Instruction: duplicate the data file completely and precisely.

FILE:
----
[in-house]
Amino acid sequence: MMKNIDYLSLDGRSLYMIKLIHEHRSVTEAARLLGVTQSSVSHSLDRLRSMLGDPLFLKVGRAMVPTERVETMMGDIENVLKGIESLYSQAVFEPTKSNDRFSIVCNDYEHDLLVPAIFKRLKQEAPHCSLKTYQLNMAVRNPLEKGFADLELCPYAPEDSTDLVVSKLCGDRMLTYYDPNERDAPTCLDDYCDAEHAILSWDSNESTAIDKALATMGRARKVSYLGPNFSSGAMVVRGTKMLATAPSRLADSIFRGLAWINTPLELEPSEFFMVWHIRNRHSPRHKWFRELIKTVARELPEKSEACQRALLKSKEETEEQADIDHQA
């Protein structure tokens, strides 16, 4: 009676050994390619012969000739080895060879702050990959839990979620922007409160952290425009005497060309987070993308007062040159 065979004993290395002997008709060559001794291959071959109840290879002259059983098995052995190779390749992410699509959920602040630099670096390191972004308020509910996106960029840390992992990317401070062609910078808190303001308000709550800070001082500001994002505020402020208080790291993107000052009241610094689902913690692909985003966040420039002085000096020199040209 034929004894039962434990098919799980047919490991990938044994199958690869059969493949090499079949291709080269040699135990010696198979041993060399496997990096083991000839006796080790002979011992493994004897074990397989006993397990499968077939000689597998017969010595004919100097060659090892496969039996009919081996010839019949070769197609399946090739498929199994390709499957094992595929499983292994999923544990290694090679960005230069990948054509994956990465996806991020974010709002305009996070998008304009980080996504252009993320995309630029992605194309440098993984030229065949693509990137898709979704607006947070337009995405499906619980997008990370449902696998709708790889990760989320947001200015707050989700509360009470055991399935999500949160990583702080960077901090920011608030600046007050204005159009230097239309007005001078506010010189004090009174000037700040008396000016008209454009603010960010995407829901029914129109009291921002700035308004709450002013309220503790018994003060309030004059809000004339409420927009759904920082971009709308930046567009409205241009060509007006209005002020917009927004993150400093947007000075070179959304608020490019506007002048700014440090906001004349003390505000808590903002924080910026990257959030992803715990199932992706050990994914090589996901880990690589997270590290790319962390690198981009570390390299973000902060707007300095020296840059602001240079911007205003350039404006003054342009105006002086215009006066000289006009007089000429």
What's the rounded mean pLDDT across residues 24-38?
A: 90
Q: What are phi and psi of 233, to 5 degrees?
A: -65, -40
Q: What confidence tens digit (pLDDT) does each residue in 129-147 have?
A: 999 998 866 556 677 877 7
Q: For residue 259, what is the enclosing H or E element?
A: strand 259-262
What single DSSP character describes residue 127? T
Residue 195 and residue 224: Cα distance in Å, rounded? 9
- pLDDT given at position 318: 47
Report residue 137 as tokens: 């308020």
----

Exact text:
[in-house]
Amino acid sequence: MMKNIDYLSLDGRSLYMIKLIHEHRSVTEAARLLGVTQSSVSHSLDRLRSMLGDPLFLKVGRAMVPTERVETMMGDIENVLKGIESLYSQAVFEPTKSNDRFSIVCNDYEHDLLVPAIFKRLKQEAPHCSLKTYQLNMAVRNPLEKGFADLELCPYAPEDSTDLVVSKLCGDRMLTYYDPNERDAPTCLDDYCDAEHAILSWDSNESTAIDKALATMGRARKVSYLGPNFSSGAMVVRGTKMLATAPSRLADSIFRGLAWINTPLELEPSEFFMVWHIRNRHSPRHKWFRELIKTVARELPEKSEACQRALLKSKEETEEQADIDHQA
């Protein structure tokens, strides 16, 4: 009676050994390619012969000739080895060879702050990959839990979620922007409160952290425009005497060309987070993308007062040159 065979004993290395002997008709060559001794291959071959109840290879002259059983098995052995190779390749992410699509959920602040630099670096390191972004308020509910996106960029840390992992990317401070062609910078808190303001308000709550800070001082500001994002505020402020208080790291993107000052009241610094689902913690692909985003966040420039002085000096020199040209 034929004894039962434990098919799980047919490991990938044994199958690869059969493949090499079949291709080269040699135990010696198979041993060399496997990096083991000839006796080790002979011992493994004897074990397989006993397990499968077939000689597998017969010595004919100097060659090892496969039996009919081996010839019949070769197609399946090739498929199994390709499957094992595929499983292994999923544990290694090679960005230069990948054509994956990465996806991020974010709002305009996070998008304009980080996504252009993320995309630029992605194309440098993984030229065949693509990137898709979704607006947070337009995405499906619980997008990370449902696998709708790889990760989320947001200015707050989700509360009470055991399935999500949160990583702080960077901090920011608030600046007050204005159009230097239309007005001078506010010189004090009174000037700040008396000016008209454009603010960010995407829901029914129109009291921002700035308004709450002013309220503790018994003060309030004059809000004339409420927009759904920082971009709308930046567009409205241009060509007006209005002020917009927004993150400093947007000075070179959304608020490019506007002048700014440090906001004349003390505000808590903002924080910026990257959030992803715990199932992706050990994914090589996901880990690589997270590290790319962390690198981009570390390299973000902060707007300095020296840059602001240079911007205003350039404006003054342009105006002086215009006066000289006009007089000429």
What's the rounded mean pLDDT across residues 24-38?
A: 90
Q: What are phi and psi of 233, to 5 degrees?
A: -65, -40
Q: What confidence tens digit (pLDDT) does each residue in 129-147 have?
A: 999 998 866 556 677 877 7
Q: For residue 259, what is the enclosing H or E element?
A: strand 259-262
What single DSSP character describes residue 127? T
Residue 195 and residue 224: Cα distance in Å, rounded? 9
- pLDDT given at position 318: 47
Report residue 137 as tokens: 């308020």